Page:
Thursday, March 26, 2015

SUPERMAN #81 - September 1993


Resurrections
Credits:  Dan Jurgens (story and art), Brett Breeding (finishes), John Costanza (letterer), Glenn Whitmore (colorist)

Summary:  Superman emerges, but with weakened powers.  When no one believes he’s telling the truth, he takes Lois aside and recounts private moments only she would know.  He kisses her goodbye and asks to borrow a pair of boot-jets from one of Luthor’s men.  He flies off to Coast City with Superboy and a skeptical Steel.  Meanwhile, Cyborg Superman punishes Mongul for a perceived slight.  Two of the aliens serving Mongul discuss the cyborg’s origin.  Cyborg Superman was once Hank Henshaw, an astronaut with a grudge against Superman who could project his consciousness into metallic objects.  He discovered Mongul, who also hates Superman, on a distant planet and possessed his ship.  After torturing Mongul, the cyborg forced Mongul over to his side.

Irrelevant Continuity:  
  • Hank Henshaw began life as an obvious Reed Richards parody.  The details of his origin are found, according to the footnotes, in Adventures #466 and #468.  It’s revealed that Cyborg Superman was able to duplicate Kryptonian DNA because he once grafted himself on to the birth matrix that Superman arrived on Earth in.
  • Superman’s hair isn’t as long as it was in the previous chapter’s final splash page, although it’s still all the way down his neck.  The style isn’t obviously a mullet until Jurgens draws Superman from the side, then it’s clear he’s going full Uncle Jessie.
  • Lois’ ridiculous pants from the previous chapter have been toned down this issue.

Total N00B:  I had no clue who Hank Henshaw was, so the extended origin recap is definitely appreciated.

Review:  Superman finally makes his real return this issue, and while it would be easy to have all of the characters obey the plot faithfully and just accept it, Jurgens adds an element of realism to the plot.  I like the fact that no one, not even Lois, is one hundred percent convinced this is the real Superman by the end of the issue.  The return of Superman also means the debut of his new look, and while I think the black and silver color scheme is kind of cool, it’s impossible to ignore the mullet.  If you want to say that Superman’s hair grew while in his rejuvenation pod, fine, but there should be some internal consistency here.  If his hair has grown, that means he should also have a scruffy beard and long fingernails.  (A more masculine, less groomed Superman isn’t necessarily a bad idea anyway.)  More importantly, his hair wouldn’t have grown into a specific style!  One that was already going out of fashion in 1993, as I recall.  Why would his hair only grow on the top and back but not the sides?  Was there a Billy Ray Cyrus setting in his regeneration matrix?

The attention is split this issue between Superman’s return and the origin of Cyborg Superman.  I’ve complained about the casual way past continuity is introduced in many of the DC titles I’ve reviewed, but Jurgens goes out of his way to make sure that any reader, regardless of his of her familiarity with specific Superman continuity, knows who the cyborg is.  Established readers might complain that the flashback drags on for too long, but actually seeing the details of previous stories, along with the new backstory, fleshed out in a deliberate, coherent way is a welcome gesture towards the casual fan.  And speaking of that origin…how crazy is it that the main villain in the “Reign of the Supermen” event turns out to be a Reed Richards parody?  It’s never played for a joke, but it is an utterly insane idea.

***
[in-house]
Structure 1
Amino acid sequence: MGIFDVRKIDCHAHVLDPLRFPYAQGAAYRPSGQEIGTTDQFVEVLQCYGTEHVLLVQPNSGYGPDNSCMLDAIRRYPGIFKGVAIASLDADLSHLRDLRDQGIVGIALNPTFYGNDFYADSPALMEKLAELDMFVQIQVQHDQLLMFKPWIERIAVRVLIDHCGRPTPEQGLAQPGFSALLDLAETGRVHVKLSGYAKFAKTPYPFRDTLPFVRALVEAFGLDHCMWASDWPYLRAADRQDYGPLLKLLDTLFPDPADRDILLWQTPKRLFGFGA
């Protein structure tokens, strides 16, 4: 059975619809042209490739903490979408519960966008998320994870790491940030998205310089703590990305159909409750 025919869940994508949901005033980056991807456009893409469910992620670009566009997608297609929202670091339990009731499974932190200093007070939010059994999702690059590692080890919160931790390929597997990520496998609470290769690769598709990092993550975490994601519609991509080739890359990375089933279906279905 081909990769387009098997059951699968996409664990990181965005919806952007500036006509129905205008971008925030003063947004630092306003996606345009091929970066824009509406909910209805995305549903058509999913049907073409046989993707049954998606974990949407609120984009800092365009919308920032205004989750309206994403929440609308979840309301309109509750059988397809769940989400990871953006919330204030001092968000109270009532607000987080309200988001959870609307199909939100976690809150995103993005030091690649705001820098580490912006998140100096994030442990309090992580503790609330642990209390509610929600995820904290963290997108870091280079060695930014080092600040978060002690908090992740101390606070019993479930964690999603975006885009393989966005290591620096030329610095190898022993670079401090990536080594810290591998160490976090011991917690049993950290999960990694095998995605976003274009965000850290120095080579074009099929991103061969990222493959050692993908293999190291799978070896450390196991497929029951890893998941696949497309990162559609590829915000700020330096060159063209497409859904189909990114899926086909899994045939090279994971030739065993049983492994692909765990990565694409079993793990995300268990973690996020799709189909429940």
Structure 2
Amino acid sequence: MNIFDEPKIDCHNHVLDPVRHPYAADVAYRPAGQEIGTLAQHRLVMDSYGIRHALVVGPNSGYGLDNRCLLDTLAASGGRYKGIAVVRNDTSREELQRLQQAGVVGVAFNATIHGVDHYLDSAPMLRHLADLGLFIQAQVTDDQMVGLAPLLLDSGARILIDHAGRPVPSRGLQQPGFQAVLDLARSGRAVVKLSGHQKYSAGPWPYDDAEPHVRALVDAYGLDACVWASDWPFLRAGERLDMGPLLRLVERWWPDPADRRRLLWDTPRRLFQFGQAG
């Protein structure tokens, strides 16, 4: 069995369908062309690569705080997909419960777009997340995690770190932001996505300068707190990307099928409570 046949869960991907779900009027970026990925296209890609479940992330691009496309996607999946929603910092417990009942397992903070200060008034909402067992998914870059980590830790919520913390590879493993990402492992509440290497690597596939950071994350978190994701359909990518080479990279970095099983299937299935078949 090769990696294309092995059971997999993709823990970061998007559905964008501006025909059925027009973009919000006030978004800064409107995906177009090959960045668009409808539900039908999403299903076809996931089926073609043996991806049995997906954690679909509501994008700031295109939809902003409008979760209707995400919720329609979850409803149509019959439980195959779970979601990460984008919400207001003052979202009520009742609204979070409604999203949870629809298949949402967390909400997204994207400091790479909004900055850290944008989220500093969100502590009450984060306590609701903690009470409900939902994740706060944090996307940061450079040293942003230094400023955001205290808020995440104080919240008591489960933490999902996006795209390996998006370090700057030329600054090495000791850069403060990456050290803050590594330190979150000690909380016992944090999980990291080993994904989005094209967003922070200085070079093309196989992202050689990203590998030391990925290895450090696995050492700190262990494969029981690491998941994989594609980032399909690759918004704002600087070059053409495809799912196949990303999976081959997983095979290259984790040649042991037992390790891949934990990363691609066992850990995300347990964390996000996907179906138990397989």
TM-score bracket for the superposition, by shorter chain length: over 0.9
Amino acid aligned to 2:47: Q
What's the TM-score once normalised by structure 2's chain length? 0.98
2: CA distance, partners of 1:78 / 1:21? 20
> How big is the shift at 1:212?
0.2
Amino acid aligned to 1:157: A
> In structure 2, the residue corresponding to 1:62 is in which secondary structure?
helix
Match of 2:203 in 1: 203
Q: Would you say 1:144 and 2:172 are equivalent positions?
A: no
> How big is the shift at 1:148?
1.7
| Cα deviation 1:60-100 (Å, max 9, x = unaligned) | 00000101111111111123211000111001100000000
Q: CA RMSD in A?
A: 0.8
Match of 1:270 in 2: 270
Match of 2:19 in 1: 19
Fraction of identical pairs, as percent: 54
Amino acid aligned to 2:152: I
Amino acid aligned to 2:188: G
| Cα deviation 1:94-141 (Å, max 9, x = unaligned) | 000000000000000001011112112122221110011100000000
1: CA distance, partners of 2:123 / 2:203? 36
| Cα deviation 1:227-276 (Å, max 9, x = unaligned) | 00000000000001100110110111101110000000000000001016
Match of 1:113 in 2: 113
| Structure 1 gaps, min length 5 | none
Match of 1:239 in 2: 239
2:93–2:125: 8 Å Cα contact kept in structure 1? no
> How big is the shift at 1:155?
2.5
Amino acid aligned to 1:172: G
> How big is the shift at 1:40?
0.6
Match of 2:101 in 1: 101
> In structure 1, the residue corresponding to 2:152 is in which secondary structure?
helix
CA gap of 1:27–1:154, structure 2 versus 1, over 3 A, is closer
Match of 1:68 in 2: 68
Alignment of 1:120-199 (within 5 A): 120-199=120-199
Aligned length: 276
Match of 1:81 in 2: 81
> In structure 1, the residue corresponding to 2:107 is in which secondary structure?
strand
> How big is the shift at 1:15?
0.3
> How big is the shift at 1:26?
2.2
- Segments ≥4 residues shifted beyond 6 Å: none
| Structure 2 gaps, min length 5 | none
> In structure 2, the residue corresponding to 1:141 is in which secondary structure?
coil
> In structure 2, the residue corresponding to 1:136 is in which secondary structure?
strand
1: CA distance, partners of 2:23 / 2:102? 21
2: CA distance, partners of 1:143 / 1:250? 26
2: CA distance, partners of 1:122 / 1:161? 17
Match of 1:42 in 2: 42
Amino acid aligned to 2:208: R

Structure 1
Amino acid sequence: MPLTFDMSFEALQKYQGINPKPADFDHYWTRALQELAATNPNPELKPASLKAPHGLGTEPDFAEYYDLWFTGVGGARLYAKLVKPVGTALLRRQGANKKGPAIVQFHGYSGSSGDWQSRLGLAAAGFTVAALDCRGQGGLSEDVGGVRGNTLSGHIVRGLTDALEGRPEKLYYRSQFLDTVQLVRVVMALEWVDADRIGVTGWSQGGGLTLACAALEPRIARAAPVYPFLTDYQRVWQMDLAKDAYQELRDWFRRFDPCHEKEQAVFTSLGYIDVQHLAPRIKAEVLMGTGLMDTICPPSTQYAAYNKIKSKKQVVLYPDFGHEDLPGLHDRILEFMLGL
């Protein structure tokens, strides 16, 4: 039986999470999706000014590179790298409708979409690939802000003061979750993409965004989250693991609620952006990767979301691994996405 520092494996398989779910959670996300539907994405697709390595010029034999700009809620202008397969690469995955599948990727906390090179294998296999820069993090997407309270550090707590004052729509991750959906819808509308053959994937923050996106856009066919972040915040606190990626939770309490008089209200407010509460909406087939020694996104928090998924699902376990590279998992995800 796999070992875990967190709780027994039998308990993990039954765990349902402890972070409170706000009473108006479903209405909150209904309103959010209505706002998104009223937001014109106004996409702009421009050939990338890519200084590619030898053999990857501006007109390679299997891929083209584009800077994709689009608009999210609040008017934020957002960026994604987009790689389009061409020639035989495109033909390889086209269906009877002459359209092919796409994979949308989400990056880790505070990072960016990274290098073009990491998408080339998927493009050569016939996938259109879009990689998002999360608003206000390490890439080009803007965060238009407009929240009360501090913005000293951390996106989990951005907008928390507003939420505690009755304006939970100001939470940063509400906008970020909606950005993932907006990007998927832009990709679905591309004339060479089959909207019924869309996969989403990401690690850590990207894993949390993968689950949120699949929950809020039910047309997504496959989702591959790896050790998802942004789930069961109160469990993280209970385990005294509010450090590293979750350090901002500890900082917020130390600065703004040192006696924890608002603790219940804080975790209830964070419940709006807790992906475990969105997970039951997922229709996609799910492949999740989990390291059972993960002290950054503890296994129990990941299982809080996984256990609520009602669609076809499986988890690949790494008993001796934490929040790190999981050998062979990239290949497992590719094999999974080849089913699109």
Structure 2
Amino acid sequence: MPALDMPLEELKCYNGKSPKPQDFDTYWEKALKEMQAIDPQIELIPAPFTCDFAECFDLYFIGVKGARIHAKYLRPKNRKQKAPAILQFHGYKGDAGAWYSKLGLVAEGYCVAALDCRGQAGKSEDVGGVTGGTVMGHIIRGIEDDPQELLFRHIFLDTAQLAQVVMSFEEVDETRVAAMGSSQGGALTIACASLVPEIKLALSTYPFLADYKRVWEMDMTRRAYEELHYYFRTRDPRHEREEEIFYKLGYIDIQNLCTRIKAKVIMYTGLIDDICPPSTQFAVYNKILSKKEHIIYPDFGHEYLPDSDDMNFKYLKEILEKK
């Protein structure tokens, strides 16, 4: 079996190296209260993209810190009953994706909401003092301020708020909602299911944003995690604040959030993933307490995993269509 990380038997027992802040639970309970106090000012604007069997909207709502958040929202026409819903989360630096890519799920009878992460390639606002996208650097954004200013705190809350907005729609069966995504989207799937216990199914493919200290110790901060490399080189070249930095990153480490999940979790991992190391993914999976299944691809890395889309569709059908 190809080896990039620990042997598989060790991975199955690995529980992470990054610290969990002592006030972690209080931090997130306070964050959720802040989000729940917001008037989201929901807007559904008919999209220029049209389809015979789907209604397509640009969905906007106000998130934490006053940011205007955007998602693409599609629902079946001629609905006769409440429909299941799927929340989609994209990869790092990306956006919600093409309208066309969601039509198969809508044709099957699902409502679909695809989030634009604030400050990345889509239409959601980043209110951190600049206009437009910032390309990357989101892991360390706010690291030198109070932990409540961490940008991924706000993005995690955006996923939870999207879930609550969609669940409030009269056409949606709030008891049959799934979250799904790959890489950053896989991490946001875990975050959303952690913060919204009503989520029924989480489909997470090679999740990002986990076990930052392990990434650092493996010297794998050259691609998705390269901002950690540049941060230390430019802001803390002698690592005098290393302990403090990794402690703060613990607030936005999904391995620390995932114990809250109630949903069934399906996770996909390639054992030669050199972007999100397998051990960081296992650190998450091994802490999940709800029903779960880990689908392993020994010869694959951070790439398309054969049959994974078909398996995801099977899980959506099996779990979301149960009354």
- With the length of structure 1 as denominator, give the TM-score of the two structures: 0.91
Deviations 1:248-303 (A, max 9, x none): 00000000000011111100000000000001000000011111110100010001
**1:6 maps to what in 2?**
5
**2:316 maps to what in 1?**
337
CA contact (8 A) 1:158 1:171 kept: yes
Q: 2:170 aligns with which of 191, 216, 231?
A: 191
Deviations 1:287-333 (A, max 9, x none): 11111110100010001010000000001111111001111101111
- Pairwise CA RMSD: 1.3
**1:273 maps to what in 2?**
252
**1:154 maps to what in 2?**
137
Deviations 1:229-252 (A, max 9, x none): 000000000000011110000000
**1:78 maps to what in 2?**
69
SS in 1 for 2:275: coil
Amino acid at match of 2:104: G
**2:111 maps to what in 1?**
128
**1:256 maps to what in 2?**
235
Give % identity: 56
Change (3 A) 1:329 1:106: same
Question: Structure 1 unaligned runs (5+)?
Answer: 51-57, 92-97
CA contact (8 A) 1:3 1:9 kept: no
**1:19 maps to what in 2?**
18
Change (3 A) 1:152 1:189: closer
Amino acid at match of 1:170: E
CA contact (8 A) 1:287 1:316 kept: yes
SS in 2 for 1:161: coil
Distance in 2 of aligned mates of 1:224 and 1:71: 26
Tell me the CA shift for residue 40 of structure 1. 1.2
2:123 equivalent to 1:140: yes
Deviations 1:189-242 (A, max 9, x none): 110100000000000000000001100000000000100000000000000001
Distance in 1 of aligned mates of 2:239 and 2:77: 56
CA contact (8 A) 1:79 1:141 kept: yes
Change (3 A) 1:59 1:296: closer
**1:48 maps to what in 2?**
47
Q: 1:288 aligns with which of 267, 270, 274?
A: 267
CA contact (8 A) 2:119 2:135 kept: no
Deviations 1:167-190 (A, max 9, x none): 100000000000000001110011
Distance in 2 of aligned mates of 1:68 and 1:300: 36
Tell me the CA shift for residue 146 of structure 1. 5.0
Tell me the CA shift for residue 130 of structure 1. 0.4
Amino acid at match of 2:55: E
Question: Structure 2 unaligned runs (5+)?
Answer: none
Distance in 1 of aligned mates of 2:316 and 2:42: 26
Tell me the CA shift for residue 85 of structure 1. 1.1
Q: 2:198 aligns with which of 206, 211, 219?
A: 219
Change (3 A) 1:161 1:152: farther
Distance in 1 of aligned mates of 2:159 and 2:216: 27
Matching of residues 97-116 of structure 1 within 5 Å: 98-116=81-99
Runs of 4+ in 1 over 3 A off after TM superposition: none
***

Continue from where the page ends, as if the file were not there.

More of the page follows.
6 comments:

j said...

I'm still not sure it was supposed to be a mullet. Most artists just drew him with long hair. I think he looked fine when it was just long hair. Some artists went nuts with it though.

comicfanvents said...

I've heard arguments for years about the super-mullet. I think it was just a case of artistic license. Some artists gave him the mullet because it was in style a few years earlier (comics are almost always a few years behind the trends), though I believe it was supposed to be just shaggy and grown out... just something a bit different for the resurrected Superman.

I do wish editors would be a touch stricter on character models though... we're about 3 years into the Carol Danvers Captain Marvel and it appears NOBODY can agree on whether she has long hair or short hair.

Miguel said...

What's amazing is I had issue #466 as a kid (and was suitably creeped by it, especially the poor Thing parody committing suicide at the end) AND I had all the Reign of the Supermen books, and yet somehow I never made the connection, and remembered the Fauxtastic Four being a stand alone story. I swear my reading comprehension was not usually this bad. Anyway, 20 some years later and I'm suitably impressed they brought that character back in such an ostentatious and sinister way.

G. Kendall said...

I think it was CBR that just ran some quotes from Dan Jurgens on the long hair. He says it wasn't intended as a mullet, just longer hair, but that's the style some of the artists went with. Looking at these issues, his hair doesn't seem to be the same length even from page to page in some chapters.

wwk5d said...

And he seems to have his normal shorter haircut on the cover, no?

Steven said...

As Clark Kent, he would put all his hair (including the front) back into a pony tail. You can't do that with a mullet.